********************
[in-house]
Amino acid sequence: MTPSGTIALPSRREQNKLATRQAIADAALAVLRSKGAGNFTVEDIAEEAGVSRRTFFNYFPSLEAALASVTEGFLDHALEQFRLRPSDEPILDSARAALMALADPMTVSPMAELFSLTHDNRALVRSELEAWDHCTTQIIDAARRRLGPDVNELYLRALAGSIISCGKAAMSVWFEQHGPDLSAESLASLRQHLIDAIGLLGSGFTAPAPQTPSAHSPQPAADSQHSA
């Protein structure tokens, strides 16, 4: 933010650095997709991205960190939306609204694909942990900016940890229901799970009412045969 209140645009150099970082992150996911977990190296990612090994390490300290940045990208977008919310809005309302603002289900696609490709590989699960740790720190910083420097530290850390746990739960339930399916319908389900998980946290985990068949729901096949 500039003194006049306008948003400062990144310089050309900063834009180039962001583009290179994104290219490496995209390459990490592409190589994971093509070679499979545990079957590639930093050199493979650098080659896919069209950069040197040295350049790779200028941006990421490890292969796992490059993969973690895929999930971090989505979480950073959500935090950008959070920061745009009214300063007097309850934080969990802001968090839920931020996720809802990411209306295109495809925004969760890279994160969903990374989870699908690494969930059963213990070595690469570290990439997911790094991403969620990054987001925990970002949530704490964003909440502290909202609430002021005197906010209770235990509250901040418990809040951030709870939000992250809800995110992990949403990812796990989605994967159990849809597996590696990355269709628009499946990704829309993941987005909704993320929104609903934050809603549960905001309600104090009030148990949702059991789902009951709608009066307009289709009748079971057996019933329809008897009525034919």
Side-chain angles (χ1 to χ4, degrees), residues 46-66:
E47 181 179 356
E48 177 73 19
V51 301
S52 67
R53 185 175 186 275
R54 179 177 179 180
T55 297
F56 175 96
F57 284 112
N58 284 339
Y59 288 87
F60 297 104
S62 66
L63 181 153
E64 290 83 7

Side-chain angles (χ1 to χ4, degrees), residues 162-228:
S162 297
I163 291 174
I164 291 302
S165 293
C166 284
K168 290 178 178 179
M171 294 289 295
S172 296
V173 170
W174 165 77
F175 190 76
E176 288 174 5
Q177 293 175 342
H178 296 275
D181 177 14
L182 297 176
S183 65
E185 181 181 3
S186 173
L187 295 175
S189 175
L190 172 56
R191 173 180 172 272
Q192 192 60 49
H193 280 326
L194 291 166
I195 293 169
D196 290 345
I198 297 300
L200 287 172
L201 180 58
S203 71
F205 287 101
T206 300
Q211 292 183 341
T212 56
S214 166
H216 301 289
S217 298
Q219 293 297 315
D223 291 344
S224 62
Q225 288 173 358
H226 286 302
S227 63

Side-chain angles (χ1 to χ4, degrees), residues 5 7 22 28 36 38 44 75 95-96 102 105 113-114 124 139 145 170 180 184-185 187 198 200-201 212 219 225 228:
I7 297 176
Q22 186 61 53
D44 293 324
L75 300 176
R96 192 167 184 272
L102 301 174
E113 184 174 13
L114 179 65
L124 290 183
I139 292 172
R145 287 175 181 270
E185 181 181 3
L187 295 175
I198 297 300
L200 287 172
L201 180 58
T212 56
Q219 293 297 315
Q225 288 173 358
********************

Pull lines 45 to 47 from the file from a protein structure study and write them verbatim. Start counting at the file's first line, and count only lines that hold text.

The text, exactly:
H193 280 326
L194 291 166
I195 293 169